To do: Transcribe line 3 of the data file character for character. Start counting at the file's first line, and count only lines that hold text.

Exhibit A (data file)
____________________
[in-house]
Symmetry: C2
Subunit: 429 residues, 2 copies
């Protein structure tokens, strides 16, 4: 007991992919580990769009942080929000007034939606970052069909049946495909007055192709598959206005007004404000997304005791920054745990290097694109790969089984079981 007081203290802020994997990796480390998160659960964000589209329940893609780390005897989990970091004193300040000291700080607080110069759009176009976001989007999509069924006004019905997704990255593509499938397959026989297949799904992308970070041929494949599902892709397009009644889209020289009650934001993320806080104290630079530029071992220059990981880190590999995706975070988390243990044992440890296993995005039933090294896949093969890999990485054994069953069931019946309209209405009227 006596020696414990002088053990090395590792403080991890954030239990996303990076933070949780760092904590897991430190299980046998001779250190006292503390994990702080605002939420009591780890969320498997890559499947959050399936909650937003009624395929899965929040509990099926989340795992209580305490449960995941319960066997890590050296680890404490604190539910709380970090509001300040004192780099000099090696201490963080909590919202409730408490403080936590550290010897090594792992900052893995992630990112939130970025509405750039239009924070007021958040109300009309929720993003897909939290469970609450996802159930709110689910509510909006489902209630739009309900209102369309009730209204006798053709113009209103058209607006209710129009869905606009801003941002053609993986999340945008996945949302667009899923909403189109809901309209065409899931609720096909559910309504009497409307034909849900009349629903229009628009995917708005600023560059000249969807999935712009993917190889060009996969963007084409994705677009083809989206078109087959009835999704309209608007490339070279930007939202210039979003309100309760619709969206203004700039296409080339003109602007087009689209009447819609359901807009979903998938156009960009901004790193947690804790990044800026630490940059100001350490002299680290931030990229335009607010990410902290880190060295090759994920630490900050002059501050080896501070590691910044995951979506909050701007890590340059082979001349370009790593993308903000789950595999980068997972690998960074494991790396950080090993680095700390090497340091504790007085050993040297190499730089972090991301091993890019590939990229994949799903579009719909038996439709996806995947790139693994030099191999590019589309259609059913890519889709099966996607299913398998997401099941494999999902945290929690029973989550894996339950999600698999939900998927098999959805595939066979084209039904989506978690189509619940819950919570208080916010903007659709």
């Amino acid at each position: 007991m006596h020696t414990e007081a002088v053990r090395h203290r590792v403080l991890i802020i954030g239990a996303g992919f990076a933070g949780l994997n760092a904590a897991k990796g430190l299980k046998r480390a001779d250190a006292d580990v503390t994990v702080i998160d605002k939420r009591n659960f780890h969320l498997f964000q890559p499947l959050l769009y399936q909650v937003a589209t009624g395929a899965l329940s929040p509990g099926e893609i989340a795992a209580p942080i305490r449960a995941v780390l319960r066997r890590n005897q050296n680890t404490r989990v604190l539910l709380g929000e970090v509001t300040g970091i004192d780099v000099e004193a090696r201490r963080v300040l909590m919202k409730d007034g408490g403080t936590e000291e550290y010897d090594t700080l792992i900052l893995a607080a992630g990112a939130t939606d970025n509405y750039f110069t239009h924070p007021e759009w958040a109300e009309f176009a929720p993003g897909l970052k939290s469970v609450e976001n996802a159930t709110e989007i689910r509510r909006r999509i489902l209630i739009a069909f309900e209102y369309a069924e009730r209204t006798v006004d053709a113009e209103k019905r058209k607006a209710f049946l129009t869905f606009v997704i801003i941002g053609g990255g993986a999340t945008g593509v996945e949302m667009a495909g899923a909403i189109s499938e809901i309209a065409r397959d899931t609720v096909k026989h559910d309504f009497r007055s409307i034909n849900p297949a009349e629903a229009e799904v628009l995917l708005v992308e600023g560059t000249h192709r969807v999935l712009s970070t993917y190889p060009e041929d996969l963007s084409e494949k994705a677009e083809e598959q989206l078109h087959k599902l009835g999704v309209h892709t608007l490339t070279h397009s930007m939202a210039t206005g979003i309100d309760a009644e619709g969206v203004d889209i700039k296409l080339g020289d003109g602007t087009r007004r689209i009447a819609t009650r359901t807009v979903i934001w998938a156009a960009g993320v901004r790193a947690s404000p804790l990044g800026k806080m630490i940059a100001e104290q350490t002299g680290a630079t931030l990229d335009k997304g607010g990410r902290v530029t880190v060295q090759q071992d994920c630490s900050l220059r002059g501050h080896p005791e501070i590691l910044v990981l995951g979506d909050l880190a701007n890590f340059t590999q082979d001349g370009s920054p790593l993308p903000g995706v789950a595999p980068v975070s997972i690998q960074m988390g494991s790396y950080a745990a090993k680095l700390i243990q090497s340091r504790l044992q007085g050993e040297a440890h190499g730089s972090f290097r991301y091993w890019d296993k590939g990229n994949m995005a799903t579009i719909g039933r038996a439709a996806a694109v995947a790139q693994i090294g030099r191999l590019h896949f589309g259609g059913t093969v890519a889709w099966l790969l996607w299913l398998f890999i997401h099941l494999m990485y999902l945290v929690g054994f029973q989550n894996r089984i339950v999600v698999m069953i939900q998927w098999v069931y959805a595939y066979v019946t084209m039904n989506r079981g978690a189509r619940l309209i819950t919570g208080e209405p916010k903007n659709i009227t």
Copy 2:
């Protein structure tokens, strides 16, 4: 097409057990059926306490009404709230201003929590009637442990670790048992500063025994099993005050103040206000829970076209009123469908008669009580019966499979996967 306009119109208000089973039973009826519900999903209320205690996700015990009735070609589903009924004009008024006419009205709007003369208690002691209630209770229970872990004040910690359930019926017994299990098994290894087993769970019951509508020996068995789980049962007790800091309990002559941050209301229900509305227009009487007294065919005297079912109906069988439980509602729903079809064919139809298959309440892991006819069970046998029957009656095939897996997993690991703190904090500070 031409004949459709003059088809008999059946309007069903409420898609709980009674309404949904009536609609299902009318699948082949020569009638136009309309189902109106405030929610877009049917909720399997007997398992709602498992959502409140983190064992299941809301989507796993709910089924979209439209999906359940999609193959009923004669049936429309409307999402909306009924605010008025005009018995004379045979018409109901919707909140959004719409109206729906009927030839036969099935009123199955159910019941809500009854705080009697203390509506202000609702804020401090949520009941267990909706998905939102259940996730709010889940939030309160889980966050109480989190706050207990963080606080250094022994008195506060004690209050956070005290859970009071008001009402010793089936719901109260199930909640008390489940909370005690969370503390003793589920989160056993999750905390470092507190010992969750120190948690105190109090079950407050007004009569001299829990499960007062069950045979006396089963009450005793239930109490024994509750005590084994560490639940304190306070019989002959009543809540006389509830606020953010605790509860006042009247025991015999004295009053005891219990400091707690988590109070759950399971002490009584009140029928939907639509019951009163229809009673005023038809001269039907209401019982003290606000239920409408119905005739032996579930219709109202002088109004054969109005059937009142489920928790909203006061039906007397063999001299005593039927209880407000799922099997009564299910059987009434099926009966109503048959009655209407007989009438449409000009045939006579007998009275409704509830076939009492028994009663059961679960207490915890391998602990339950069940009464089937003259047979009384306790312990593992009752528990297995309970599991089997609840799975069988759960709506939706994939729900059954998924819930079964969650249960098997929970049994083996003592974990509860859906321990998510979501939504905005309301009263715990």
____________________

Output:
Subunit: 429 residues, 2 copies